Conclusion Top

The ISPRM is an international professional organization that represents the medical specialty of PRM. During the last 20 years, it has grown significantly and developed a scientific, professional, and humanitarian agenda. Its governance and organizational structure have evolved over time, and its activities reflect our intent to strengthen the specialty and to make a contribution to the society in general.

Financial support and sponsorship


Conflicts of interest

There are no conflicts of interest.

  References Top

Available from: http://www.isprm.org. [Last accessed on 2019 Jan 15].  Back to cited text no. 1
Available from: http://www.who.int/disabilities/world_report/2011/en. [Last accessed on 2019 Jan 15].  Back to cited text no. 2
Frontera WR. The World Report on Disability. Am J Phys Med Rehabil 2012;91:549.  Back to cited text no. 3
Bethge M, von Groote P, Giustini A, Gutenbrunner C. The World Report on Disability: A challenge for rehabilitation medicine. Am J Phys Med Rehabil 2014;93:S4-11.  Back to cited text no. 4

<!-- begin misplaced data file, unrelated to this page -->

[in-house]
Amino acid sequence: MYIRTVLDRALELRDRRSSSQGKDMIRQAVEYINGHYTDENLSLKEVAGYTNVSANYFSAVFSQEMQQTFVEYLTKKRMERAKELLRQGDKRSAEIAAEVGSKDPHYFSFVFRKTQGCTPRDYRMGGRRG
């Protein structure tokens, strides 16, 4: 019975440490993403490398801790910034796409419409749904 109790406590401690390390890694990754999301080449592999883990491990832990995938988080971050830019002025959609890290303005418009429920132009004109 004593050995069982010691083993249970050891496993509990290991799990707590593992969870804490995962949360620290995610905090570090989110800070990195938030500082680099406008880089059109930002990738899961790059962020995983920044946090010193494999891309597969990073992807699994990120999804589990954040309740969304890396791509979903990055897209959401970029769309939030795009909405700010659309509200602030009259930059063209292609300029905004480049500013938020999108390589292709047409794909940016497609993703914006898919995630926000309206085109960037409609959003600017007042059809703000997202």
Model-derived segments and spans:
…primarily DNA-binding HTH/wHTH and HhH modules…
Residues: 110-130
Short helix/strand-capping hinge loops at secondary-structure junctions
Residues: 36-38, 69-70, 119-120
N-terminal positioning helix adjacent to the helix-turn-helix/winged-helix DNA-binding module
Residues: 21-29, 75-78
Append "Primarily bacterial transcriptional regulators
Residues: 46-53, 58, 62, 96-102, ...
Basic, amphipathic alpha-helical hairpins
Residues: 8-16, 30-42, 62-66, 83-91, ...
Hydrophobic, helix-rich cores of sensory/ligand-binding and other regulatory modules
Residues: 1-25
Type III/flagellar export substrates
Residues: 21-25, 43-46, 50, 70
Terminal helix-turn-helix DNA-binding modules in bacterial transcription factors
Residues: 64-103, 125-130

Imamura M, Gutenbrunner C, Li J, Lains J, Frontera W, Olver J, et al. 2012 – An ISPRM landmark year. J Rehabil Med 2013;45:417-22.  Back to cited text no. 5
Imamura M, Gutenbrunner C, Stucki G, Li J, Lains J, Frontera W, et al. The International Society of Physical and Rehabilitation Medicine: The way forward-II. J Rehabil Med 2014;46:97-107.  Back to cited text no. 6
Lains J, Gimigliano F, Li J, Li L, Wu S, Gorringe L, et al. The International Society of Physical and Rehabilitation Medicine (ISPRM): The past, present and way forward-III. J Int Soc Phys Rehabil Med 2019:[In press].  Back to cited text no. 7
Available from: https://www.who.int/disabilities/care/rehab-2030/en/. [Last accessed on 2019 Jan 15].  Back to cited text no. 8
Available from: http://www.jisprm.org. [Last accessed on 2019 Jan 15].  Back to cited text no. 10


  [Figure 1]

  [Table 1]